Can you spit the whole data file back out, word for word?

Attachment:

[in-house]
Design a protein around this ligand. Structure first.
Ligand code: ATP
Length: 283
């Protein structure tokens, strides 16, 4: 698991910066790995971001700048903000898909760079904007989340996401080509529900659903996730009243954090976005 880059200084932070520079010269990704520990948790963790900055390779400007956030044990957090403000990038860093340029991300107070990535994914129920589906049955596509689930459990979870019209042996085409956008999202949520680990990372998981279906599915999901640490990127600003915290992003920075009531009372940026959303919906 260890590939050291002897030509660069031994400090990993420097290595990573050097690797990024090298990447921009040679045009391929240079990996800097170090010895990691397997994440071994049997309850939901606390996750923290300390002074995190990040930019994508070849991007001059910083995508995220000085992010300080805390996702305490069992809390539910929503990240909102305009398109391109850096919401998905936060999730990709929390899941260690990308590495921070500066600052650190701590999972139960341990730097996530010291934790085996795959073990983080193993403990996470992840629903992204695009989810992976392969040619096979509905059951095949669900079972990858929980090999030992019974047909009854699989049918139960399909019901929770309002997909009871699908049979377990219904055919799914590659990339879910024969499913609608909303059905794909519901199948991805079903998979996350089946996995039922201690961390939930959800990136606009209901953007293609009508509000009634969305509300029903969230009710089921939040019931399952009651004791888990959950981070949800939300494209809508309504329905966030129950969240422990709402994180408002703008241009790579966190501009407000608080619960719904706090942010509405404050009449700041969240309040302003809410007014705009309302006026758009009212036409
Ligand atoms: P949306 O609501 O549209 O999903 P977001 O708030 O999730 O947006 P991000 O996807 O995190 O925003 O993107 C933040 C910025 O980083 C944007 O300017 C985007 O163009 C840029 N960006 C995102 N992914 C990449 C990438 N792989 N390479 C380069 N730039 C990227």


[in-house]
Design a protein around this ligand. Structure first.
Ligand code: ATP
Length: 283
């Protein structure tokens, strides 16, 4: 698991910066790995971001700048903000898909760079904007989340996401080509529900659903996730009243954090976005 880059200084932070520079010269990704520990948790963790900055390779400007956030044990957090403000990038860093340029991300107070990535994914129920589906049955596509689930459990979870019209042996085409956008999202949520680990990372998981279906599915999901640490990127600003915290992003920075009531009372940026959303919906 260890590939050291002897030509660069031994400090990993420097290595990573050097690797990024090298990447921009040679045009391929240079990996800097170090010895990691397997994440071994049997309850939901606390996750923290300390002074995190990040930019994508070849991007001059910083995508995220000085992010300080805390996702305490069992809390539910929503990240909102305009398109391109850096919401998905936060999730990709929390899941260690990308590495921070500066600052650190701590999972139960341990730097996530010291934790085996795959073990983080193993403990996470992840629903992204695009989810992976392969040619096979509905059951095949669900079972990858929980090999030992019974047909009854699989049918139960399909019901929770309002997909009871699908049979377990219904055919799914590659990339879910024969499913609608909303059905794909519901199948991805079903998979996350089946996995039922201690961390939930959800990136606009209901953007293609009508509000009634969305509300029903969230009710089921939040019931399952009651004791888990959950981070949800939300494209809508309504329905966030129950969240422990709402994180408002703008241009790579966190501009407000608080619960719904706090942010509405404050009449700041969240309040302003809410007014705009309302006026758009009212036409
Ligand atoms: P949306 O609501 O549209 O999903 P977001 O708030 O999730 O947006 P991000 O996807 O995190 O925003 O993107 C933040 C910025 O980083 C944007 O300017 C985007 O163009 C840029 N960006 C995102 N992914 C990449 C990438 N792989 N390479 C380069 N730039 C990227």